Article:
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Gentrification and Criminal Faultlines

The debate around the riots has been ebbing and eddying around this week (and the comments on this blog have been tremendous – thank you all) and one topic that was covered on the Today programme (somewhat bizarrely with Wayne Hemmingway) was the extent to which gentrification (simplistically portrayed as the rich moving into poor areas) was a contributing factor.

This is really high up my personal agenda because much of what igloo does creates similar potential issues.

I am developing a habit of living in some of the neighbourhoods in which we are investing on behalf of our various funds. This brings me face to face with some of the issues. We aren’t going to remove criminality through successful regeneration but I think we can do much more to create the kind of resilient neighbourhoods that are capable of reducing crime and the causes of crime.

One of the things we do is set up community funds in our projects. The newly arrived occupiers and the landlord contribute small amounts each quarter and the money raised is targeted to do the most good for the greatest number of people in the local area. The decisions on who gets the money are made by a group that combines the local community with the new arrivals, both businesses and residents.

The first concrete benefit of this is that the people governing the fund get to know each other which allows their respective networks to connect more quickly. We encourage this network creation in other ways like our Footprint Action Groups where the occupiers work together (through the mechanism of our Green Lease) to improve the sustainability of the neighbourhood, through encouraging involvement in neighbourhood planning, through the social media networks we set up and through our encouragement of local groups like running and gardening clubs.

There have been some concrete examples of this this summer including a brilliant charabanc trip from Bermondsey Square to Southend with a group of local residents on an aging London Routemaster bus. One benefit of this was another load of connections between people that are already being rewarded by more hellos in the street.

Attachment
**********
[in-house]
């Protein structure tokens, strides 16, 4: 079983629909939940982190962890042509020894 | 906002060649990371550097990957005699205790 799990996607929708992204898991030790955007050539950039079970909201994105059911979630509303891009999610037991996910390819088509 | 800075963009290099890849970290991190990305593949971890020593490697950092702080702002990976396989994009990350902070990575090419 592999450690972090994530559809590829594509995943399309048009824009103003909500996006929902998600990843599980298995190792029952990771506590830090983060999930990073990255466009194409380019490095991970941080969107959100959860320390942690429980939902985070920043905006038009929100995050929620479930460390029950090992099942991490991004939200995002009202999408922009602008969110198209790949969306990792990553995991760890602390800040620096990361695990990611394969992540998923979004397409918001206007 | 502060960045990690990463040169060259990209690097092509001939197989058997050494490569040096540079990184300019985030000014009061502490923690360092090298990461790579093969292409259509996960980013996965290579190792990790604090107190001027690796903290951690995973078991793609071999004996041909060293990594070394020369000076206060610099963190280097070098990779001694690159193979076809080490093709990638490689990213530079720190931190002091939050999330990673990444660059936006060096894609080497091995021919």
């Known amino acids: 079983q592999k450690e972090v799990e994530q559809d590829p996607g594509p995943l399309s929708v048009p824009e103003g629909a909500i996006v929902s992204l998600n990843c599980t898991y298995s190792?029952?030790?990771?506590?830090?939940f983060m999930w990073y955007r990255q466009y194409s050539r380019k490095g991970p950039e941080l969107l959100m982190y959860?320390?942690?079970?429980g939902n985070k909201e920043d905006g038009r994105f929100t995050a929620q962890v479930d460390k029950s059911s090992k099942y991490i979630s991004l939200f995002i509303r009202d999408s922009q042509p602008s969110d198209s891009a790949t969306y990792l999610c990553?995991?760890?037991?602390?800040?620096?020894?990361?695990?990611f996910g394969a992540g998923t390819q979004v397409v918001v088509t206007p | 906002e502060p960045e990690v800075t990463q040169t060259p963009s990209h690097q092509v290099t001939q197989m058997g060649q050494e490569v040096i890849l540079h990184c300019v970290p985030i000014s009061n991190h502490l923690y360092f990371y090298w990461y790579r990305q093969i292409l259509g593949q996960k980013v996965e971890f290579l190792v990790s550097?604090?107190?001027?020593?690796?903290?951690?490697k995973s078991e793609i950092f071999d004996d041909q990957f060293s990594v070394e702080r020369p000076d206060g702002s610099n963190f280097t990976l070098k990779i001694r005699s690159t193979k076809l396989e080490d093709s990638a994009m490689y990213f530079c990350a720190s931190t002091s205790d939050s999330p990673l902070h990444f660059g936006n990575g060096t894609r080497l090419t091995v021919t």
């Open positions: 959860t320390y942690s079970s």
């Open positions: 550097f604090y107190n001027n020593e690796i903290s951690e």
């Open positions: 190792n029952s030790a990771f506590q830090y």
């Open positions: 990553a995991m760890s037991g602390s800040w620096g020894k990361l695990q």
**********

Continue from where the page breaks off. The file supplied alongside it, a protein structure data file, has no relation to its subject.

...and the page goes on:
A reflection on this is the huge benefit that a stable local population brings to a neighbourhood. In the debate around social housing for example we need to find a way to put a value on the relationships people have within a community so that we can factor this into the accountants’ understanding of tenure. Unsurprisingly for an inner London neighbourhood, the newly arrived occupiers on the bus were an international bunch but the contrast between the lack of community and family ties they had in the neighbourhood compared with the rest of the passengers on the bus was stark.

Another example is a grant theBermondsey Squarecommunity fund gave to a group of young actors to put on a performance of Midsummer Nights Dream  in the Square and on the first floor terrace of the Bermondsey Square Hotel. As part of the grant the actors did a workshop for local kids and some of the tickets for each performance were made available to local people who might otherwise not have bought them.

Again this meant that each performance added something to the stock of local relationships as the audience sat around tables in a cabaret style layout and inevitably got chatting. It helped that the performance was brilliant, hilarious and amazingly accessible for those less versed in iambic pentameters (in which I definitely include myself).